Susan Harlow, Seabury Western Seminary’s director of congregational development, understands congregational life from the ground up—or at least from the floor boards.
As a child, she remembers accompanying her parents to choir practice in the small, rural Baptist church they attended, and crawling about under the pews on the bare oak floors. At every point in her life she has found “a congregation where I could be myself, but where I could stretch myself,” she says. “I want more and more of those healthy communities, because they can be such powerful presences in the lives of people who can benefit from them. People like me.”
An ordained minister in the United Church of Christ, Harlow has been involved in theological education for 17 years. She holds a Master of Divinity degree from Andover Newton Theological School, a Masters of Theology from Harvard Divinity School, and a doctorate from Columbia University in its joint program with Union Theological Seminary in Religion and Education.
She joined Seabury in July of 2009 and brought new energy and insights to the congregational development program, which is now offered jointly with the Church Divinity School of the Pacific, and the preaching program, now offered in partnership with five other seminaries in the Association of Chicago Theological Schools.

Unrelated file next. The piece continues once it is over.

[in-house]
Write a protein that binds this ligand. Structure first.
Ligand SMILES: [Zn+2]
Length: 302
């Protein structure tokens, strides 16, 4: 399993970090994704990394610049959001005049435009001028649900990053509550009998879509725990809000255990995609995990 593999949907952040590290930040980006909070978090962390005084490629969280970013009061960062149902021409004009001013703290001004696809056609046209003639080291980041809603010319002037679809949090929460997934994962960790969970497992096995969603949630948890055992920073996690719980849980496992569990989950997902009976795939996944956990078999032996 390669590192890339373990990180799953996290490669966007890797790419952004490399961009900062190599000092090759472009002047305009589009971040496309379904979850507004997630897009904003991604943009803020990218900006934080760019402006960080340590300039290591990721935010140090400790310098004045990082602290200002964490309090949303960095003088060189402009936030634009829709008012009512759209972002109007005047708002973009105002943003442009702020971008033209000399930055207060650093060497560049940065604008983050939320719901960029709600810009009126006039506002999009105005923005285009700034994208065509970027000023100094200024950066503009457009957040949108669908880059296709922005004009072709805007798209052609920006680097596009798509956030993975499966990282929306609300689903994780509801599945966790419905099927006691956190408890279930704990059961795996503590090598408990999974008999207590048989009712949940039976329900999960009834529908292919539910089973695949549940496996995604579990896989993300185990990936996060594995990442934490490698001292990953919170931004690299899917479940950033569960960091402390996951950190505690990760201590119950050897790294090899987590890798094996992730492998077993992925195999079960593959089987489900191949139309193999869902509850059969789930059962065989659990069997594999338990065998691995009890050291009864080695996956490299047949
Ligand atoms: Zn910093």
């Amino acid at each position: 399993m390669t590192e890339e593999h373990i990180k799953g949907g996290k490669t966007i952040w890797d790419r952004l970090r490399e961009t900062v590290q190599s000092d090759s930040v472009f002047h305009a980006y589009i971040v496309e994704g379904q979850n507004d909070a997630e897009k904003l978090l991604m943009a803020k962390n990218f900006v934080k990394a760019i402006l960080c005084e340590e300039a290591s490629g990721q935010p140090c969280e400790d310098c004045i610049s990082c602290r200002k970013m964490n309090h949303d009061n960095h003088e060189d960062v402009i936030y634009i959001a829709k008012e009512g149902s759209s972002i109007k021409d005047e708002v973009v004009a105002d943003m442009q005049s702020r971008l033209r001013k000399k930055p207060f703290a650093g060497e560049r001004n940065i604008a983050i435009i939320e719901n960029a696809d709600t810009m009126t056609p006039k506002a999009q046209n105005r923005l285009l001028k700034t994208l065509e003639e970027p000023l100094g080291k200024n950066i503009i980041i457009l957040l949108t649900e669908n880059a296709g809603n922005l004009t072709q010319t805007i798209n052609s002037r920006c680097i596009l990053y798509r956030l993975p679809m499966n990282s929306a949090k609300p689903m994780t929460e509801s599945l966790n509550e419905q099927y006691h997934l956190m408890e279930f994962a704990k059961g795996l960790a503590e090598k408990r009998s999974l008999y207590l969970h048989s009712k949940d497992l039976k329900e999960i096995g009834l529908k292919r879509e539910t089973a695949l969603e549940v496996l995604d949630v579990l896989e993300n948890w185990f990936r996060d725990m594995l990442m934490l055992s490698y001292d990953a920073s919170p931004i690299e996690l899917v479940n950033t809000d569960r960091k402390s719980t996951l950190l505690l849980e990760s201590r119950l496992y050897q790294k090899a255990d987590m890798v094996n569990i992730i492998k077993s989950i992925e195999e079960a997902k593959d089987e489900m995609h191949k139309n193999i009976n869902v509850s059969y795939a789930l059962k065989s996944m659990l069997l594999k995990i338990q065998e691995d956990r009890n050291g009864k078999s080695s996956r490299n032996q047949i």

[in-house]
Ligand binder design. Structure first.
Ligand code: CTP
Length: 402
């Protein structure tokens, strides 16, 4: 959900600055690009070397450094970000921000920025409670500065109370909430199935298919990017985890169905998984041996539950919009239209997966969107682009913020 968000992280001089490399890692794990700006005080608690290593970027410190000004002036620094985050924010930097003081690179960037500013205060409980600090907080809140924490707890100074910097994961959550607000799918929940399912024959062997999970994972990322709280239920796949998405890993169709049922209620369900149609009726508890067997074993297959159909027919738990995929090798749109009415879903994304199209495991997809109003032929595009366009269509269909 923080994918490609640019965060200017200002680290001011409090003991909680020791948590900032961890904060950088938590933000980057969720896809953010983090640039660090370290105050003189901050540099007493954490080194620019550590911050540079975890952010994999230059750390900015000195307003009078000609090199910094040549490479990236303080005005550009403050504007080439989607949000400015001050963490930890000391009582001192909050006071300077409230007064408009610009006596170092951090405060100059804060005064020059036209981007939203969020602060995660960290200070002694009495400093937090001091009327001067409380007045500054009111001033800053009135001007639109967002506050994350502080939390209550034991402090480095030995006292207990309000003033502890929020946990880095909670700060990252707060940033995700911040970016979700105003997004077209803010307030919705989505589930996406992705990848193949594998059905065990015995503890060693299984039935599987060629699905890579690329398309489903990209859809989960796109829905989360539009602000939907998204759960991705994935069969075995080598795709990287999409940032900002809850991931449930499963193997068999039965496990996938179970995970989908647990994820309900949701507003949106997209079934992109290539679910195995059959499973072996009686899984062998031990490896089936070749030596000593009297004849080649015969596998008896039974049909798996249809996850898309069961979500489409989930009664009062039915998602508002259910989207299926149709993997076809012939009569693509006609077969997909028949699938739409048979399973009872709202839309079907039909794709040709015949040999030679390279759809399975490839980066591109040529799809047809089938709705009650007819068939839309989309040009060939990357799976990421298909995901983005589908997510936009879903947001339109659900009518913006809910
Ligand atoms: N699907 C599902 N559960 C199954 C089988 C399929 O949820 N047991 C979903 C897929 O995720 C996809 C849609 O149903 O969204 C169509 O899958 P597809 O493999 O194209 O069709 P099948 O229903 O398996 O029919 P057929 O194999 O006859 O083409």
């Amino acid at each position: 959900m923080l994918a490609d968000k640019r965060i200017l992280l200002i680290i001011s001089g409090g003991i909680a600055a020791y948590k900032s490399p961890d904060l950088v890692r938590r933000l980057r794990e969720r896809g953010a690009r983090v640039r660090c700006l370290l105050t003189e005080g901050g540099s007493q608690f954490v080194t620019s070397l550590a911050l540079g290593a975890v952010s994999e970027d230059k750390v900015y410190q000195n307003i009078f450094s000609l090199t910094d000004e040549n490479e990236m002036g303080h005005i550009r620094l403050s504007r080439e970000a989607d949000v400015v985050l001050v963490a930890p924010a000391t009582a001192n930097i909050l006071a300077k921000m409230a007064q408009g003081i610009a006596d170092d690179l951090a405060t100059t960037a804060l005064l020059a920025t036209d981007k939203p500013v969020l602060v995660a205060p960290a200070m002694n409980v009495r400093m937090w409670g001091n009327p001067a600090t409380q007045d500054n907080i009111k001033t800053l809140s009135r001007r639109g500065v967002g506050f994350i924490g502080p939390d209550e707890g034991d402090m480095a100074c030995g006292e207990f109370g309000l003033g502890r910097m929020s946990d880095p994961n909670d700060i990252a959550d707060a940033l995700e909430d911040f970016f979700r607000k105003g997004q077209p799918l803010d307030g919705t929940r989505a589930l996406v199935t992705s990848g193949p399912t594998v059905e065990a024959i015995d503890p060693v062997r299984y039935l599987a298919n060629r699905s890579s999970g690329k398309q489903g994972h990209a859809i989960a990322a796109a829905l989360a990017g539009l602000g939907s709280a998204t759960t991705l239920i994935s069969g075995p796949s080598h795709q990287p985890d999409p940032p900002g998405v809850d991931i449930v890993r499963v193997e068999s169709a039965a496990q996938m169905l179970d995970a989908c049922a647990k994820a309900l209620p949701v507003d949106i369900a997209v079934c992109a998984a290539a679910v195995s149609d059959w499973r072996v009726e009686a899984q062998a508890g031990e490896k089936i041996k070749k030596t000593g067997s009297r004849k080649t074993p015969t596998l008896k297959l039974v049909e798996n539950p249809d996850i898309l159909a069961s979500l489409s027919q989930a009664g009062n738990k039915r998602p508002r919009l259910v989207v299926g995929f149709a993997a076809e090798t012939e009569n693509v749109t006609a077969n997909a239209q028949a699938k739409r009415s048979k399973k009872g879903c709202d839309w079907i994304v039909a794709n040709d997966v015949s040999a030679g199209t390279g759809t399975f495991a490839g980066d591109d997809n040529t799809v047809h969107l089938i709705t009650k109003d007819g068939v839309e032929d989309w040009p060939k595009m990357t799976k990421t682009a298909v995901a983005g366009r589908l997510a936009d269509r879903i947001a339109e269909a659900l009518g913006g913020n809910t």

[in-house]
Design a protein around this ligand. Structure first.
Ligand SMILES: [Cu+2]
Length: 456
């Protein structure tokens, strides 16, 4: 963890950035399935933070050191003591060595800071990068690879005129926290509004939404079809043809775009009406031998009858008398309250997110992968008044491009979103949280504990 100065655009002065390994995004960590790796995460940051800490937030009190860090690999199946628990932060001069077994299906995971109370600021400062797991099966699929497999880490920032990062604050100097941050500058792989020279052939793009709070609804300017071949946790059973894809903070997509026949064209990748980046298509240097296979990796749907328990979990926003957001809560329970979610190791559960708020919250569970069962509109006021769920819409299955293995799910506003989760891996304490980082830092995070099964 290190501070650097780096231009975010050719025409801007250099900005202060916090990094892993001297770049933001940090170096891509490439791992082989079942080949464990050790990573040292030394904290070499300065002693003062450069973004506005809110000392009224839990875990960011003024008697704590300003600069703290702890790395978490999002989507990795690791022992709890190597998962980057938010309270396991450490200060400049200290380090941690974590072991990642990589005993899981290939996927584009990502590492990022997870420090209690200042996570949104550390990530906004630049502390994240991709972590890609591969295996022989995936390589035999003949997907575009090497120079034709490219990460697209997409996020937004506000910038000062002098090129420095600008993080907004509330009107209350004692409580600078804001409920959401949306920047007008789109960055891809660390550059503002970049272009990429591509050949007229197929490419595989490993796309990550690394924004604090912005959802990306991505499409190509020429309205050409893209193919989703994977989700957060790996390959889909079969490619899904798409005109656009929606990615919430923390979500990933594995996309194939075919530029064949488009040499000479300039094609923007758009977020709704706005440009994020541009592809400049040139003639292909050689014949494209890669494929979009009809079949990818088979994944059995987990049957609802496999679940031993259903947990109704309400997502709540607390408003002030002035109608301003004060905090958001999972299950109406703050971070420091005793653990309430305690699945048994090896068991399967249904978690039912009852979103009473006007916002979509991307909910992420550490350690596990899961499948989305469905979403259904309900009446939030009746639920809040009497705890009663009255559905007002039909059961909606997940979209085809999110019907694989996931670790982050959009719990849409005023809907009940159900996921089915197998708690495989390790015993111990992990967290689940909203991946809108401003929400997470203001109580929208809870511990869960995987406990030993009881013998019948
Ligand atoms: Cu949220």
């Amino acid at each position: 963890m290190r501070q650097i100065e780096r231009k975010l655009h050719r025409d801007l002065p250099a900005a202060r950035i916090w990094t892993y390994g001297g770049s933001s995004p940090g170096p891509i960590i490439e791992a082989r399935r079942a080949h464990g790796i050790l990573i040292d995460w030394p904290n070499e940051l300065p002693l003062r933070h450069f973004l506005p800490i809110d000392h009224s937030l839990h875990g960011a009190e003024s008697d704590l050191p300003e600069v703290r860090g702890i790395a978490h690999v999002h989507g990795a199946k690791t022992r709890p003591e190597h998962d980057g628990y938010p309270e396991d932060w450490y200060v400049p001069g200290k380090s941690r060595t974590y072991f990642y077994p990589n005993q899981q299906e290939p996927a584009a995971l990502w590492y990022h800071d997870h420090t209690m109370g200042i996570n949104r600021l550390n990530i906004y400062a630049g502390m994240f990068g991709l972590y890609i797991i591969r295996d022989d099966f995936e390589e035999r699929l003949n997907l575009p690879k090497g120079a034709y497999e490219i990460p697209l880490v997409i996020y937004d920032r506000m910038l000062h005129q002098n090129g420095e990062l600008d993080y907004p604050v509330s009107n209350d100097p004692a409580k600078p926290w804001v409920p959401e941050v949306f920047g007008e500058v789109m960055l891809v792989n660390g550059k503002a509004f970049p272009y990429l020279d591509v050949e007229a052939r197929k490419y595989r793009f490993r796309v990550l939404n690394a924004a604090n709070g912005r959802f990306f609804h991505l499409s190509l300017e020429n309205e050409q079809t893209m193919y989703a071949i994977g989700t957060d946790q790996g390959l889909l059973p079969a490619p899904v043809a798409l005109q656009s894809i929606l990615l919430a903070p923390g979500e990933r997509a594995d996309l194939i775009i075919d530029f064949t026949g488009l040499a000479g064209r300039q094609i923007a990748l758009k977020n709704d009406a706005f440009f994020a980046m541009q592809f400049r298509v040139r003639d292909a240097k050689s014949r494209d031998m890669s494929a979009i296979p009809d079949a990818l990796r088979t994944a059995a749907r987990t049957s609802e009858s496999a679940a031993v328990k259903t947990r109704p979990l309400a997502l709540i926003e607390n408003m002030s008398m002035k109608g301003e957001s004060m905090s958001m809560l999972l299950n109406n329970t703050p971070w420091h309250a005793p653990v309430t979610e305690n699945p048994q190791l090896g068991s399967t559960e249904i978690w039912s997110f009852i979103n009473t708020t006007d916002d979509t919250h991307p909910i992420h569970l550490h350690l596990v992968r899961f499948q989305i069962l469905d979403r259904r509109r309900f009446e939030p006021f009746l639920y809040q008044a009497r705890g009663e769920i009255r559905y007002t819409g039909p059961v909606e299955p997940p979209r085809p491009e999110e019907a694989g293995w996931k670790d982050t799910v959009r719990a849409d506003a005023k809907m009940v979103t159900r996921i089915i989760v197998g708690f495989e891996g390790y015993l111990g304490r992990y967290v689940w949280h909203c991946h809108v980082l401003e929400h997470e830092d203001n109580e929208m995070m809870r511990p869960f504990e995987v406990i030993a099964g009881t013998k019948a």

“What has been extremely exciting has been the diverse interests of the students in these programs, and the different places they are coming from,” Harlow says. The congregational development program has attracted students from several countries and numerous denominations, she adds, while the preaching program unites students of varying theological views in pursuit of an effective personal preaching style.
“There is a lot of sharing going on in these programs,” she says. “The students really learn from one another, and in the end, they have some real insights to bring to colleagues who may feel isolated in the midst of parish work.”
Harlow’s own academic interest lies in deepening the theological understanding of the community organizing skills and strategies that students are taught in the congregational development program. “In most of the existing models, people come together around issues, but there isn’t enough emphasis on building relationships and valuing the individual,” she says.
She is also eager to help graduates of the DMin programs to “go on the road,” to share what they have learned at Seabury by consulting with dioceses and congregations and publishing their research online.
“Not long after I got here, I realized that I had twelve boxes of theses on my shelf,” she says. “I thought, “Why don’t we take these down so people can read them?”